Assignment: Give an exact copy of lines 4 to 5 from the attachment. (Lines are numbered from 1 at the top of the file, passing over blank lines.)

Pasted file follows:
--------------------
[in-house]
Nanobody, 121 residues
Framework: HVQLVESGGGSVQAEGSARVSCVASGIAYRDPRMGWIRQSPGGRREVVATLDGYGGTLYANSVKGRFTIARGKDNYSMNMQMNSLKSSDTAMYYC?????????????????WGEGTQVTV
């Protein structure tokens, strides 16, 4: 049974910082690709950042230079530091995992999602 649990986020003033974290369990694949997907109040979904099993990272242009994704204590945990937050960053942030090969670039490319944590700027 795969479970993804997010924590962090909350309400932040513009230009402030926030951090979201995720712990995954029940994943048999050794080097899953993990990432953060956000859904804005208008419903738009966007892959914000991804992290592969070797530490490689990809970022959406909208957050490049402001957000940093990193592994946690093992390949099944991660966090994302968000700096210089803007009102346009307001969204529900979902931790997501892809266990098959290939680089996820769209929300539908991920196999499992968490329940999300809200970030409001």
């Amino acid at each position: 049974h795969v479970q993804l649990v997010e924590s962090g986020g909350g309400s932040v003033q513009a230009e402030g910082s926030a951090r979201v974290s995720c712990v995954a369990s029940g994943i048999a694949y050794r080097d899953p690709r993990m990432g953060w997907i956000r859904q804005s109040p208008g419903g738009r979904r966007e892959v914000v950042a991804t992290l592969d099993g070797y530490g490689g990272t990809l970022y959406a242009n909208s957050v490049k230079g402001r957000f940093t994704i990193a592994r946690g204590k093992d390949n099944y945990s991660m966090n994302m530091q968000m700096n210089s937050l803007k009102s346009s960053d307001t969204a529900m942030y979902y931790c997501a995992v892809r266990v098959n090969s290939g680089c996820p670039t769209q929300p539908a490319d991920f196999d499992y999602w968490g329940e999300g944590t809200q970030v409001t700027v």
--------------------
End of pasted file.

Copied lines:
């Protein structure tokens, strides 16, 4: 049974910082690709950042230079530091995992999602 649990986020003033974290369990694949997907109040979904099993990272242009994704204590945990937050960053942030090969670039490319944590700027 795969479970993804997010924590962090909350309400932040513009230009402030926030951090979201995720712990995954029940994943048999050794080097899953993990990432953060956000859904804005208008419903738009966007892959914000991804992290592969070797530490490689990809970022959406909208957050490049402001957000940093990193592994946690093992390949099944991660966090994302968000700096210089803007009102346009307001969204529900979902931790997501892809266990098959290939680089996820769209929300539908991920196999499992968490329940999300809200970030409001």
């Amino acid at each position: 049974h795969v479970q993804l649990v997010e924590s962090g986020g909350g309400s932040v003033q513009a230009e402030g910082s926030a951090r979201v974290s995720c712990v995954a369990s029940g994943i048999a694949y050794r080097d899953p690709r993990m990432g953060w997907i956000r859904q804005s109040p208008g419903g738009r979904r966007e892959v914000v950042a991804t992290l592969d099993g070797y530490g490689g990272t990809l970022y959406a242009n909208s957050v490049k230079g402001r957000f940093t994704i990193a592994r946690g204590k093992d390949n099944y945990s991660m966090n994302m530091q968000m700096n210089s937050l803007k009102s346009s960053d307001t969204a529900m942030y979902y931790c997501a995992v892809r266990v098959n090969s290939g680089c996820p670039t769209q929300p539908a490319d991920f196999d499992y999602w968490g329940e999300g944590t809200q970030v409001t700027v």